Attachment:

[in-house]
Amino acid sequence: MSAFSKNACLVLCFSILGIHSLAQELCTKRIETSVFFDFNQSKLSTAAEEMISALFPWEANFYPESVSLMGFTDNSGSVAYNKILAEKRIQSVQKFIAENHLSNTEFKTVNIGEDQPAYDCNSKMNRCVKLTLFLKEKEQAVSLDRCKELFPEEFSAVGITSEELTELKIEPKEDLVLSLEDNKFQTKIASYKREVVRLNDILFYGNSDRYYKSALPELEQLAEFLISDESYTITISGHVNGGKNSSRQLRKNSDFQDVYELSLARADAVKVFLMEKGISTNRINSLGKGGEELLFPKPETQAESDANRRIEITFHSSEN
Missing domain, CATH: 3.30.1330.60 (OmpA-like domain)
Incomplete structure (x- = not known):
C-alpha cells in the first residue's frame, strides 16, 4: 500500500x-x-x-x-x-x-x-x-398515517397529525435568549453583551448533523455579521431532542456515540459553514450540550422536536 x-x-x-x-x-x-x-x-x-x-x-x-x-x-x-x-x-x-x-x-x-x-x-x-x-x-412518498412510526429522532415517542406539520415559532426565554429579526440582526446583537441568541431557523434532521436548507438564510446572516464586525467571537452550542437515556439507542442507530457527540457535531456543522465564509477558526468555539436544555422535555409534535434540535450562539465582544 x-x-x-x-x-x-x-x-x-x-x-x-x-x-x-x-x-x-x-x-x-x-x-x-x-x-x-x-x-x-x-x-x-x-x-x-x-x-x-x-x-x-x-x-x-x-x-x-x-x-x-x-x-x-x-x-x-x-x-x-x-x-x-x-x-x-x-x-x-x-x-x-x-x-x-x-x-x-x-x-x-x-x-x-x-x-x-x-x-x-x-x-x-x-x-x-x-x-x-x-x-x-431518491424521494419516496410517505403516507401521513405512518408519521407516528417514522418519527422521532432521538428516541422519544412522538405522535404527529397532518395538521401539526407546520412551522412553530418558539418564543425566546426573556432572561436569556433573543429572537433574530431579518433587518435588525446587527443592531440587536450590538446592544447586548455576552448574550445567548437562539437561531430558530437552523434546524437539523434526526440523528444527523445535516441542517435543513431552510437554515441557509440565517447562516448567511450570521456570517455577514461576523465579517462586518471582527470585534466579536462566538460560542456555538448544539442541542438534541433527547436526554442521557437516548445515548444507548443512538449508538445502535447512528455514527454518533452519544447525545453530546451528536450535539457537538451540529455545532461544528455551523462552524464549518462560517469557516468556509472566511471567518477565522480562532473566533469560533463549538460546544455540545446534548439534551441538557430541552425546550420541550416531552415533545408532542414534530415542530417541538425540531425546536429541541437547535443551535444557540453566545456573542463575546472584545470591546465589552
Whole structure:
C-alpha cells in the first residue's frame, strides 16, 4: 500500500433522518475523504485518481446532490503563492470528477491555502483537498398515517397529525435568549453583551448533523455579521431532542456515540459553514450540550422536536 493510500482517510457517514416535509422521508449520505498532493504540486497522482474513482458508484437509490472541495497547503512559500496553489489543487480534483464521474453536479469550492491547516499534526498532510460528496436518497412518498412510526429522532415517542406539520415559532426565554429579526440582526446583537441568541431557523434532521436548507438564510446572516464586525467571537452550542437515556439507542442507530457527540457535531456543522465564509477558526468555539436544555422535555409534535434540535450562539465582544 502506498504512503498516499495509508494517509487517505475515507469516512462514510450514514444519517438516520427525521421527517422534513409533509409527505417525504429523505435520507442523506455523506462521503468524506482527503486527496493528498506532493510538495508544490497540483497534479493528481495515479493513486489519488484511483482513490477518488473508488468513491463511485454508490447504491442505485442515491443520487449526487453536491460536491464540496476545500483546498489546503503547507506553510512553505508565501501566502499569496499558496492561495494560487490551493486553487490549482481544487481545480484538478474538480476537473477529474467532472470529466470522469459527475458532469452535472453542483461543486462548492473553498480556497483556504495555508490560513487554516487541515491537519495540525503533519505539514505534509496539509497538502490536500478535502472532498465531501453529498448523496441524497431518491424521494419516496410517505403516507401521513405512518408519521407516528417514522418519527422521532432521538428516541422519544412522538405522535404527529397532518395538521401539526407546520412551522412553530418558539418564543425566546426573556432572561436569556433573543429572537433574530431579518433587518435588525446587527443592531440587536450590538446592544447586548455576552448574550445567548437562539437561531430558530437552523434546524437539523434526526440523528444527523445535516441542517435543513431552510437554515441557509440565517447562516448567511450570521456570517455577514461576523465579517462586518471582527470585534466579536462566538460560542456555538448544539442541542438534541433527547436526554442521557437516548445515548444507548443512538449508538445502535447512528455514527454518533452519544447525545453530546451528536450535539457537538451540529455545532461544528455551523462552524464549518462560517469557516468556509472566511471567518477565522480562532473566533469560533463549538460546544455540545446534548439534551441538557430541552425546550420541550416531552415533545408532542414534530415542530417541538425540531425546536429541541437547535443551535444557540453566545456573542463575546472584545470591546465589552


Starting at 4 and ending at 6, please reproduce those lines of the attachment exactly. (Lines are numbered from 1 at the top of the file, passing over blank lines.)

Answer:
Incomplete structure (x- = not known):
C-alpha cells in the first residue's frame, strides 16, 4: 500500500x-x-x-x-x-x-x-x-398515517397529525435568549453583551448533523455579521431532542456515540459553514450540550422536536 x-x-x-x-x-x-x-x-x-x-x-x-x-x-x-x-x-x-x-x-x-x-x-x-x-x-412518498412510526429522532415517542406539520415559532426565554429579526440582526446583537441568541431557523434532521436548507438564510446572516464586525467571537452550542437515556439507542442507530457527540457535531456543522465564509477558526468555539436544555422535555409534535434540535450562539465582544 x-x-x-x-x-x-x-x-x-x-x-x-x-x-x-x-x-x-x-x-x-x-x-x-x-x-x-x-x-x-x-x-x-x-x-x-x-x-x-x-x-x-x-x-x-x-x-x-x-x-x-x-x-x-x-x-x-x-x-x-x-x-x-x-x-x-x-x-x-x-x-x-x-x-x-x-x-x-x-x-x-x-x-x-x-x-x-x-x-x-x-x-x-x-x-x-x-x-x-x-x-x-431518491424521494419516496410517505403516507401521513405512518408519521407516528417514522418519527422521532432521538428516541422519544412522538405522535404527529397532518395538521401539526407546520412551522412553530418558539418564543425566546426573556432572561436569556433573543429572537433574530431579518433587518435588525446587527443592531440587536450590538446592544447586548455576552448574550445567548437562539437561531430558530437552523434546524437539523434526526440523528444527523445535516441542517435543513431552510437554515441557509440565517447562516448567511450570521456570517455577514461576523465579517462586518471582527470585534466579536462566538460560542456555538448544539442541542438534541433527547436526554442521557437516548445515548444507548443512538449508538445502535447512528455514527454518533452519544447525545453530546451528536450535539457537538451540529455545532461544528455551523462552524464549518462560517469557516468556509472566511471567518477565522480562532473566533469560533463549538460546544455540545446534548439534551441538557430541552425546550420541550416531552415533545408532542414534530415542530417541538425540531425546536429541541437547535443551535444557540453566545456573542463575546472584545470591546465589552
Whole structure: